I must say that I do also try Quinoa from time to time and it doesn’t agree with my body so much any more.
This is such a great reminder to feel if we are eating something to ‘get full’. And then to get more honest about why we aren’t feeling ‘full of ourselves’ at that time.
I enjoyed reading your article Adele. Rice also played a big part in my diet as a child and I continued to have it as a staple in most meals well into adulthood. I have been observing the effects that certain food have on my body over the last few years and since cutting out things like dairy, sugar, and gluten I feel less tired during the day and have better energy and concentration levels. Rice also went, because I noticed it used to make me feel very bloated. Now that I don’t eat those foods anymore, I look back and realize what a huge impact my food choices had on my health and my moods. Its very empowering to make new choices and feel the beneficial effects.
Thank you Adele. This article reminds me of my personal fix which was cheese. Cheese in the fridge shouted at me to be eaten and, yes, I recognized it as being something of an addiction but dismissed this with the excuse that all that calcium was good for me. When I started feeling my body and how I felt after indulging in a cheese fest, I realized that I had been fooling myself and that my body did not enjoy the effect of cheese. I am now free of this addiction and feel so much more healthy.
Even when I was on a rice diet I would allow myself a tiny amount of Roquefort (a soft blue cheese) because it would go “well” with a glass of red wine!!! Then I would make myself believe that eating rice after that would clear the whole thing away … Seriously! The dangers with some so called Detox diets is that people think they can get away with eating anything and clear it afterwards, when actually the detox in itself is not even near being healthy at all.
So true Mary that we so often eat from our heads when that is not what the body wants. It is so harming what is taught in schools and society as of what is “good” for us–how many portions of meat and vegetables we should eat–this is all educating our children to never feel what their bodies truly require, how many of us then head down the road of using food as a form of comfort and abuse when we grow up?
It’s amazing, to see the way rice acts as a drug when you have investment in it, causing an addiction and also quite physical symptoms.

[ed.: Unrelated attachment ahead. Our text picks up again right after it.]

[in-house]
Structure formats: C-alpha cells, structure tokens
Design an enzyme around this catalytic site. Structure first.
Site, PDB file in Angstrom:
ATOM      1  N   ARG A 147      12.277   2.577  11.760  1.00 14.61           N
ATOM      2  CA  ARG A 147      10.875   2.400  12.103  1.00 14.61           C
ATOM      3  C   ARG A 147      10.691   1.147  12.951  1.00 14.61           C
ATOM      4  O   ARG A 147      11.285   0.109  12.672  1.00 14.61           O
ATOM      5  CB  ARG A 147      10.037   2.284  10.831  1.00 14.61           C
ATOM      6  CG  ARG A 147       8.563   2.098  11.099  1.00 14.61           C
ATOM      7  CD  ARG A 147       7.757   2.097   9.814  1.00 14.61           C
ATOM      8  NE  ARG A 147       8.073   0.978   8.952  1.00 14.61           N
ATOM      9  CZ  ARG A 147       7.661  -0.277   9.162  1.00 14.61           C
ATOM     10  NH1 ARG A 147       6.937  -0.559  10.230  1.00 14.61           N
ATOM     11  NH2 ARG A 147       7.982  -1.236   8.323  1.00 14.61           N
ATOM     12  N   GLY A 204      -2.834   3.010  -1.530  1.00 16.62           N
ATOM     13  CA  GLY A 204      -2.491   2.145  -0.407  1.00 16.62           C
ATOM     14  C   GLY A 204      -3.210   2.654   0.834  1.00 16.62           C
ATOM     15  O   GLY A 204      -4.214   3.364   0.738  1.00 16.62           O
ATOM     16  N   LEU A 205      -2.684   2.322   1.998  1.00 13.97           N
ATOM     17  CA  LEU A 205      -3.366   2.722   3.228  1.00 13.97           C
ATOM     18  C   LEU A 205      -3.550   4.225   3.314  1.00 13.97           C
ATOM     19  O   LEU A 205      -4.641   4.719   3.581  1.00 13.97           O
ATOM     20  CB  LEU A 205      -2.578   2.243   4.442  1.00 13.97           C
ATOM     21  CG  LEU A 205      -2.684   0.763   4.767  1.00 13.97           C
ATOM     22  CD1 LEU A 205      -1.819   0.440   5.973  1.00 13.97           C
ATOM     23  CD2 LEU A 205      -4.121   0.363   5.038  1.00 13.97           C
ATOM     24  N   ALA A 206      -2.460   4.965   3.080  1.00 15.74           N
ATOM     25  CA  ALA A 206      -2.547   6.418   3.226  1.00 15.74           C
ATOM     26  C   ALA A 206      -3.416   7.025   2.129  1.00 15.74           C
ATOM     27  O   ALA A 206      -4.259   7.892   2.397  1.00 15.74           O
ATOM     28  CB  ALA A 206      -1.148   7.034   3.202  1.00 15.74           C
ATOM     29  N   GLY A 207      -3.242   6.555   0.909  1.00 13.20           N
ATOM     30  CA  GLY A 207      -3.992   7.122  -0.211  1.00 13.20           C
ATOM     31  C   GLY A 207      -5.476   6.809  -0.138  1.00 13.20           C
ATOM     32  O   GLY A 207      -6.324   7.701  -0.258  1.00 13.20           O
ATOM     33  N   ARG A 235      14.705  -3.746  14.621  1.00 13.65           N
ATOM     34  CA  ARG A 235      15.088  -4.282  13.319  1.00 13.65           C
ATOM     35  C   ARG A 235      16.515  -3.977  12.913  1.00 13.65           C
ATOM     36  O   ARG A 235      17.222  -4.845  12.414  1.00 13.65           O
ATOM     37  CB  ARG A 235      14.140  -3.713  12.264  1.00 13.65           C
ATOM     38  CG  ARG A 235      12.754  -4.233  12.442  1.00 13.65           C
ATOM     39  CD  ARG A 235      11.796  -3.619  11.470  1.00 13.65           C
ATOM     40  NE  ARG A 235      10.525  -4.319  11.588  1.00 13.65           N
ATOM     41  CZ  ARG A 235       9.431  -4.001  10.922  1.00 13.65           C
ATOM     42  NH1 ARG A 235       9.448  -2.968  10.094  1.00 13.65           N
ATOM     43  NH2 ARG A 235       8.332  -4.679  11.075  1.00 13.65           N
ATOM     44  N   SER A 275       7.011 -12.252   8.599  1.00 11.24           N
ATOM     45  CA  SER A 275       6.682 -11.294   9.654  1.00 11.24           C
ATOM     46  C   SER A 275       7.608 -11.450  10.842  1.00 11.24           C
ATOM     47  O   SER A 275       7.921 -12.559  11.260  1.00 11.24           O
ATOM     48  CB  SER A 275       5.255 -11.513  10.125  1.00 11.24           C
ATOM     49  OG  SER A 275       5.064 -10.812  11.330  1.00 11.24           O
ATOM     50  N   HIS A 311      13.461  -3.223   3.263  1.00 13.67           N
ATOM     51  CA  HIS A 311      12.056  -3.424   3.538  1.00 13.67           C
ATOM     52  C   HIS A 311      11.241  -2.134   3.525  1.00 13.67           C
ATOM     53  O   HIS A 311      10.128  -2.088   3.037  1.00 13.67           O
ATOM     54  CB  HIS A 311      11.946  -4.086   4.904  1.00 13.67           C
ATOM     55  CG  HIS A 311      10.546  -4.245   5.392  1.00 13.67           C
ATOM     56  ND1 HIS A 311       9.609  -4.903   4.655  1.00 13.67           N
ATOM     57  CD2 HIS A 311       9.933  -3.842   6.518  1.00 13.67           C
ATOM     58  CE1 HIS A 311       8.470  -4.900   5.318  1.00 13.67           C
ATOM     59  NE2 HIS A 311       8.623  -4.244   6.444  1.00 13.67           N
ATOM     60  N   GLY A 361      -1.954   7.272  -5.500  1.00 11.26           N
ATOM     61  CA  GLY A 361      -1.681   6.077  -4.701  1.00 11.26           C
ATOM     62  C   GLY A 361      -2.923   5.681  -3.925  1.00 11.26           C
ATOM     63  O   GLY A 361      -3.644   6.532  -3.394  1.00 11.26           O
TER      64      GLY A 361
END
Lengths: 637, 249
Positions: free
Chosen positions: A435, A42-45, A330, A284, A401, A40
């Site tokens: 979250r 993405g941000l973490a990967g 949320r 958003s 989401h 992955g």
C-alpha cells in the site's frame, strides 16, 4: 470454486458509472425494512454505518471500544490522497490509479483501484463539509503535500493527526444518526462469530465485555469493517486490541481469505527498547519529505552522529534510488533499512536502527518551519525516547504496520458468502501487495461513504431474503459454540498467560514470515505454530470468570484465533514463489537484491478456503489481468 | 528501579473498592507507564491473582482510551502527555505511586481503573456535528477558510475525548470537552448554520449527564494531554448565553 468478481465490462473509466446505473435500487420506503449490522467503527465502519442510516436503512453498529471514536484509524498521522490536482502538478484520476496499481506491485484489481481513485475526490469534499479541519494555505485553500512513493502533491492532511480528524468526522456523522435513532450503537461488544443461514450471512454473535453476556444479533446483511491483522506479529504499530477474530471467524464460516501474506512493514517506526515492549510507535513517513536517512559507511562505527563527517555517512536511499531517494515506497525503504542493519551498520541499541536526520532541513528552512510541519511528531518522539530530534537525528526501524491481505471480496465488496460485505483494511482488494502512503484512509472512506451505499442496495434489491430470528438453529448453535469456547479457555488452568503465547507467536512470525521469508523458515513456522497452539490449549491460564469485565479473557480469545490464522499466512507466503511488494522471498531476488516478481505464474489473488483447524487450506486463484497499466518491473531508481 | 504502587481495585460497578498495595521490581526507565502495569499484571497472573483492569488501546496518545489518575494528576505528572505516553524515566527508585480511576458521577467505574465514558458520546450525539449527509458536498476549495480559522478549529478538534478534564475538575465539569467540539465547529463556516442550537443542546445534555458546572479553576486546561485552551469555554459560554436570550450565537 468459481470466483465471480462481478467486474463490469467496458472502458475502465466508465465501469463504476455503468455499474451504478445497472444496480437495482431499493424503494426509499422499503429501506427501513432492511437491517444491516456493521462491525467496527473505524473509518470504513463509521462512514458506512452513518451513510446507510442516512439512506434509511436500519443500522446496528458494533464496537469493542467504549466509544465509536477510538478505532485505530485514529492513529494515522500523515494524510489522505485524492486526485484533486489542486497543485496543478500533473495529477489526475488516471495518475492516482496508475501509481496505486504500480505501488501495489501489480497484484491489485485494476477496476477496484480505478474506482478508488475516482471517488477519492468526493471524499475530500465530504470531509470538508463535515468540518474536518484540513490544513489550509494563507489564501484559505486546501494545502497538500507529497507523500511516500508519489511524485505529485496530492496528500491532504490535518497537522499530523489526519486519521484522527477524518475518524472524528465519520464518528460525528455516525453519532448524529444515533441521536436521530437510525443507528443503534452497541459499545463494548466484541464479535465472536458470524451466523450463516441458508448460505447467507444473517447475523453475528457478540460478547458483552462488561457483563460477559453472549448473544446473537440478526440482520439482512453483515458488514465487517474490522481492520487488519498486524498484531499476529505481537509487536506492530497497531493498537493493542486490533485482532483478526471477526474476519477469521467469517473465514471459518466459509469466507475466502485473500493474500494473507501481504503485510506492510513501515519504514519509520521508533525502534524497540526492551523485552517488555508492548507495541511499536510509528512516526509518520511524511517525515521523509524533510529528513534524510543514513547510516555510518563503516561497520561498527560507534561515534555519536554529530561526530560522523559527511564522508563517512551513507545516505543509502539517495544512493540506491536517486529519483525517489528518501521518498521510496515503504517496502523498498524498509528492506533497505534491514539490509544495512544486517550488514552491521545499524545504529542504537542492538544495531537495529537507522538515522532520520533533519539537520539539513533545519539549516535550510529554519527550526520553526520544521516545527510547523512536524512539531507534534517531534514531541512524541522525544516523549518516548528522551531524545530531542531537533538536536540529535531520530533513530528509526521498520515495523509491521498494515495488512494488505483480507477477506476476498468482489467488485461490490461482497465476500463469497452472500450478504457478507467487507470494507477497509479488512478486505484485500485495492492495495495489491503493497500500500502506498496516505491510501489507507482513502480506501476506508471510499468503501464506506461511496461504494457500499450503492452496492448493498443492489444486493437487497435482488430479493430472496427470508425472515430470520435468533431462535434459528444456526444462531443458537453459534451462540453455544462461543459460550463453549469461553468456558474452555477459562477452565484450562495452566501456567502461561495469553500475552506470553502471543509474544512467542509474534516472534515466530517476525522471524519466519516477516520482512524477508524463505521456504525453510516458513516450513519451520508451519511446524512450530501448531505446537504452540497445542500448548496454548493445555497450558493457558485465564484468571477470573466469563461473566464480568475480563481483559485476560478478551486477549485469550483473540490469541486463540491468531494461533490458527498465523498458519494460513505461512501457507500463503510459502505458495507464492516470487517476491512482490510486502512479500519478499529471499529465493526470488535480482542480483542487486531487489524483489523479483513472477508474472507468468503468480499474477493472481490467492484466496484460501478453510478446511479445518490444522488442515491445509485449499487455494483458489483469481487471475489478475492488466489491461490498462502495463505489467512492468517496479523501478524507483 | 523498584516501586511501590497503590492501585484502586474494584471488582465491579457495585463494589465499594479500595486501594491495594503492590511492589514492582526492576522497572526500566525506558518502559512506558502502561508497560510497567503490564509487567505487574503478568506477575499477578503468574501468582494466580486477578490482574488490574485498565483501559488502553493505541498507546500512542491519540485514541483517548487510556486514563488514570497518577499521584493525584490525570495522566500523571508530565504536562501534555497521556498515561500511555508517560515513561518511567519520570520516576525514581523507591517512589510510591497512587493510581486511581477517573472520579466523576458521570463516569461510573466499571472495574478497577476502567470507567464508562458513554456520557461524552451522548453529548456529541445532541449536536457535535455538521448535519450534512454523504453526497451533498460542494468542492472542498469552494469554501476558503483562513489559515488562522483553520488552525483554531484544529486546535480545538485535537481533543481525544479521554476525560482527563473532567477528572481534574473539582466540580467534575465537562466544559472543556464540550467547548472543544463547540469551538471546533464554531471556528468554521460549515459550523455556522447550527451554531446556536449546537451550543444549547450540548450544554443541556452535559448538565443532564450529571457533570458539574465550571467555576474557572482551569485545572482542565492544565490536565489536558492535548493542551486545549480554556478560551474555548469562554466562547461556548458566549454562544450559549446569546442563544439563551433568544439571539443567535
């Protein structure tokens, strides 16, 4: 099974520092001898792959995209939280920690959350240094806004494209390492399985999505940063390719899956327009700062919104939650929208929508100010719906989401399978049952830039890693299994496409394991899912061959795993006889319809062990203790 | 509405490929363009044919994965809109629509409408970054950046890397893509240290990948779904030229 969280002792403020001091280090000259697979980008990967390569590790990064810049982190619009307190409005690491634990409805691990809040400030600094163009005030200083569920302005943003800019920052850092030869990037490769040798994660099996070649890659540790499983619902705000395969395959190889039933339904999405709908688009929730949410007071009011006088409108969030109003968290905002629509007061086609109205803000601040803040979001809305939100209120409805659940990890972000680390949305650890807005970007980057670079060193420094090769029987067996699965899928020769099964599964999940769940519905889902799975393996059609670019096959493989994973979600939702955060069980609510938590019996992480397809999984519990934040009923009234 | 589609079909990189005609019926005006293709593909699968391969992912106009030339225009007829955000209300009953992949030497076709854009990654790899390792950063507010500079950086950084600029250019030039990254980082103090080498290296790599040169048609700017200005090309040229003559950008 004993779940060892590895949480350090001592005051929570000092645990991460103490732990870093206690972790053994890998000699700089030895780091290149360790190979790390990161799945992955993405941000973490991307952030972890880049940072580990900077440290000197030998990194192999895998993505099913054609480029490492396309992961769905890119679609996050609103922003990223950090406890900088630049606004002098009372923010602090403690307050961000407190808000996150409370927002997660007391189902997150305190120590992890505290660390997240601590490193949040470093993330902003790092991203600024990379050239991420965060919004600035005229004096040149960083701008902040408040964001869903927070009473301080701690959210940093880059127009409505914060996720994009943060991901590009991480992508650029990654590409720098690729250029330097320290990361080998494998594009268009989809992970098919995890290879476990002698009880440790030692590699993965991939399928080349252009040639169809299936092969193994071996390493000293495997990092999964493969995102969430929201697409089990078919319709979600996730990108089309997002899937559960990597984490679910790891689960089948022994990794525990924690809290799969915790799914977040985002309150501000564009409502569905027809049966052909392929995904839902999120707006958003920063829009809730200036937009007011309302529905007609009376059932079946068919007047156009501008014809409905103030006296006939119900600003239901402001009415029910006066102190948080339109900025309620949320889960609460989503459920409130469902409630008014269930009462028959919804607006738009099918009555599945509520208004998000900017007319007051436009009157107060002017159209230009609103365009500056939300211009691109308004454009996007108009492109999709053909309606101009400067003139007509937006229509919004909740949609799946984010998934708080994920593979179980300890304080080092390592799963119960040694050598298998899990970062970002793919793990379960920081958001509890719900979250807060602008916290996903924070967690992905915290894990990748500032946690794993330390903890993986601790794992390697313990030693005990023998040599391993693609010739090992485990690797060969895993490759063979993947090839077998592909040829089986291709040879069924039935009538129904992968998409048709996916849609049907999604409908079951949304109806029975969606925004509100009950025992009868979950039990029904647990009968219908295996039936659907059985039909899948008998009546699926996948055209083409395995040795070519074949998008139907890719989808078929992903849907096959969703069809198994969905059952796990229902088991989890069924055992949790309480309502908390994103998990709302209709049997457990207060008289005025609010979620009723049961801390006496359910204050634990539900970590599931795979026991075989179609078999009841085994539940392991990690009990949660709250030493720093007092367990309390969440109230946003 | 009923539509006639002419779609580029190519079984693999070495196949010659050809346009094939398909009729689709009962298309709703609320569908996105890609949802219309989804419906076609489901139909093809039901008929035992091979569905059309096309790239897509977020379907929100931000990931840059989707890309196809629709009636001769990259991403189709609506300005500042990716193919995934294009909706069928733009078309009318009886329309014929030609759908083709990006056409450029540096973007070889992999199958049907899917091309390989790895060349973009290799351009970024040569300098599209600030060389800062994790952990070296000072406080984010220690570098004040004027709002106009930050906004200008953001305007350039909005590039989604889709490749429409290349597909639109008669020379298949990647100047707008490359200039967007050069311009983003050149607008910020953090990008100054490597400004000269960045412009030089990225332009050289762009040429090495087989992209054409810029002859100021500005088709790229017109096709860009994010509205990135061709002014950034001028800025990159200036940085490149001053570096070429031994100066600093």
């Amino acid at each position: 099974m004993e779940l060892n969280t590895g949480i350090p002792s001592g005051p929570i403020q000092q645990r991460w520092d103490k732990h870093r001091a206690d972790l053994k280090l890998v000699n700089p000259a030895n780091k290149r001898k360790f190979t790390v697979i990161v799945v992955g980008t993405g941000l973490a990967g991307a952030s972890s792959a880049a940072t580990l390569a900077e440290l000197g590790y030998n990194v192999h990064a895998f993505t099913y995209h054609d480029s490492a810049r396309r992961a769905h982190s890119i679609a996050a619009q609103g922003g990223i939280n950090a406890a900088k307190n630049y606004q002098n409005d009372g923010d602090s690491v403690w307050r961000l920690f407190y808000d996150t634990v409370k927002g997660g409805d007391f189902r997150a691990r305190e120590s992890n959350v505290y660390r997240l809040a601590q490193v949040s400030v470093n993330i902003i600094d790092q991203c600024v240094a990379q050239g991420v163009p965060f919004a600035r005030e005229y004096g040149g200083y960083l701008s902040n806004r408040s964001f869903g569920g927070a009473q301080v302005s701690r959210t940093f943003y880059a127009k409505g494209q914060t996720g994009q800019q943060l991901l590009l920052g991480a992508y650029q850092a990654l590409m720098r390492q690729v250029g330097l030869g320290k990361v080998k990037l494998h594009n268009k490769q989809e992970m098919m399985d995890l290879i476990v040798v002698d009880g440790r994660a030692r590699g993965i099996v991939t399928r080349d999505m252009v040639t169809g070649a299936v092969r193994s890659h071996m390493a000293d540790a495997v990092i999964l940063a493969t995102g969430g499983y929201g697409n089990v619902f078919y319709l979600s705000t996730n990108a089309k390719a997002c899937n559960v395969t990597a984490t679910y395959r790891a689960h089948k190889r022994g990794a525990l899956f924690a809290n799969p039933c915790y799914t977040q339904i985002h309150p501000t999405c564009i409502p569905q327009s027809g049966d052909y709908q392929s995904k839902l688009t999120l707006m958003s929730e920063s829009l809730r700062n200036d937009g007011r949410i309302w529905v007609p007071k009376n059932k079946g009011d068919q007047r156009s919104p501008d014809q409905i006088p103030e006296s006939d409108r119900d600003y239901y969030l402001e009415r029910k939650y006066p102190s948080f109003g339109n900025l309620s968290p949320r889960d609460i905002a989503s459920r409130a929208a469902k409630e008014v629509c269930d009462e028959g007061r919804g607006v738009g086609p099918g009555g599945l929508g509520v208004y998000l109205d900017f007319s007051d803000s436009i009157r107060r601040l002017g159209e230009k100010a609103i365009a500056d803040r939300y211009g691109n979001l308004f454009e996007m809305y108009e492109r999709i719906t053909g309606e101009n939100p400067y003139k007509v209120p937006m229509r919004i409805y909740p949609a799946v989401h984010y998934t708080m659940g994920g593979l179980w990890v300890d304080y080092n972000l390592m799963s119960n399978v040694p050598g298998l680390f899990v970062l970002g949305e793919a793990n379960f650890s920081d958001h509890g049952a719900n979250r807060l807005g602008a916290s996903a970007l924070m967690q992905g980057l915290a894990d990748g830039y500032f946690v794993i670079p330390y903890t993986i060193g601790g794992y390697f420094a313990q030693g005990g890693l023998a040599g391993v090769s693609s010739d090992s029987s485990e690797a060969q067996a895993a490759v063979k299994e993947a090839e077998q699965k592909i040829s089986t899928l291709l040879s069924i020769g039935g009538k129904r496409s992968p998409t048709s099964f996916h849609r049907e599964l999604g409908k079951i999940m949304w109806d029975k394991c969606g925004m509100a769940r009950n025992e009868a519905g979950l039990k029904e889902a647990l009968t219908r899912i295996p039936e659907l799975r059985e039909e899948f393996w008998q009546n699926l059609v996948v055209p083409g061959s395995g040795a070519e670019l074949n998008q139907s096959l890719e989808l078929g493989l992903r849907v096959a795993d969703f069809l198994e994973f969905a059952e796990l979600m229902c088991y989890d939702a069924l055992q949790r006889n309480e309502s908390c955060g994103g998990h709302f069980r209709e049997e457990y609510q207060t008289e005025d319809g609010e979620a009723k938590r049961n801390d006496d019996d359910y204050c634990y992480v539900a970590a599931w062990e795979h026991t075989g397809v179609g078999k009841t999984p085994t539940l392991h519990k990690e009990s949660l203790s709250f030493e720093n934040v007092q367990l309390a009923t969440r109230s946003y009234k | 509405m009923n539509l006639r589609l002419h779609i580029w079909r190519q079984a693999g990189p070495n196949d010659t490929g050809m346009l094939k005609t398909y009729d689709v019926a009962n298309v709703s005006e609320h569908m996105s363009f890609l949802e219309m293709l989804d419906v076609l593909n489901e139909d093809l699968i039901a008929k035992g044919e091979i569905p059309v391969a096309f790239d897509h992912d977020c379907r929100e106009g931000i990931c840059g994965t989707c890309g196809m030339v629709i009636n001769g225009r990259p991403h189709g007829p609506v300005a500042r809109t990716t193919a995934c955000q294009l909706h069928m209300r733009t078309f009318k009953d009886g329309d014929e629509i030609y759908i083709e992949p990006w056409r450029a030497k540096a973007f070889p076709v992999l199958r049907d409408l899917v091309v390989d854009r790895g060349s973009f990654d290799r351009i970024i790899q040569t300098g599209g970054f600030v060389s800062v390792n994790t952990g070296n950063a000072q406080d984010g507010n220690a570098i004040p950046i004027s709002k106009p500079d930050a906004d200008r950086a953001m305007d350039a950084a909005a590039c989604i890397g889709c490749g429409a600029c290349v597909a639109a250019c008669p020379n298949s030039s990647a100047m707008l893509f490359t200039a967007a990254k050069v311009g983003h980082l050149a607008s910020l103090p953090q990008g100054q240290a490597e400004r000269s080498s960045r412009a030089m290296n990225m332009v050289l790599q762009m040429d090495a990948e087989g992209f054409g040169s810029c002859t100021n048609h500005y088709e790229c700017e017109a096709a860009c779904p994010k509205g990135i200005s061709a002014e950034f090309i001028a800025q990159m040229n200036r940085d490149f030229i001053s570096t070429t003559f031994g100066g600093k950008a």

Yes Oliver, it could be rice or anything else really. And how many billions of people who live under the belief that rice is what gives them energy and vitality, how many people are born into this addiction of comfort, feeling into this is deeply uncomfortable, because so many believe there is never another choice. But there is, there is another way, with The Way of the Livingness, we get to feel the truth of everything in life.
I love this line Adele “For in the stillness of my heart, overriding how my body is feeling is not okay anymore, hiding from the fullness of who I am is not okay anymore, and being led by a perception of any culture is also not okay anymore.” Clearly calling out and speaking the truth of the body – wonderful!
I loved reading your blog Adele! This has been such a big stumbling block for me. I go through long periods of eating healthy light foods and then I find myself reverting back to old eating habits which I realise dull my senses and limit my awareness. Why would I do such a thing? This is most definitely a question for me to ponder on. I love the clarity of your writing and am inspired to look more deeply at why I choose to eat foods that I know will stop me from feeling the beautiful light that I’ve felt I am.
Hi Adele. Thank you for your honesty – I love how simple it was for you to simply understand why you were using rice, and with that realisation the attachment just dropped. It inspires me to look into more detail at why I use my own rices.
Yes Jane, and I find it interesting that it isn’t any particular food, but more likely to be the staple diet we were brought up on, and often that is the carbohydrates which fill us up. I guess this stems from times when there was nothing much else to eat, and the proteins and vegetables difficult or expensive to come by. Now we have a huge range of food to choose from in some countries and cultures and are privileged to have the choice, and yet the habits are so strong, and the comfort so great, we find it difficult to come to the place that Adele describes, to be still and loving enough with ourselves to feel the fullness of who we are and make a different choice and listen truly to our bodies. And this takes courage, as the whole system still hangs on to the accepted notions of what constitutes a healthy diet; we only have to look at hospital food to see that!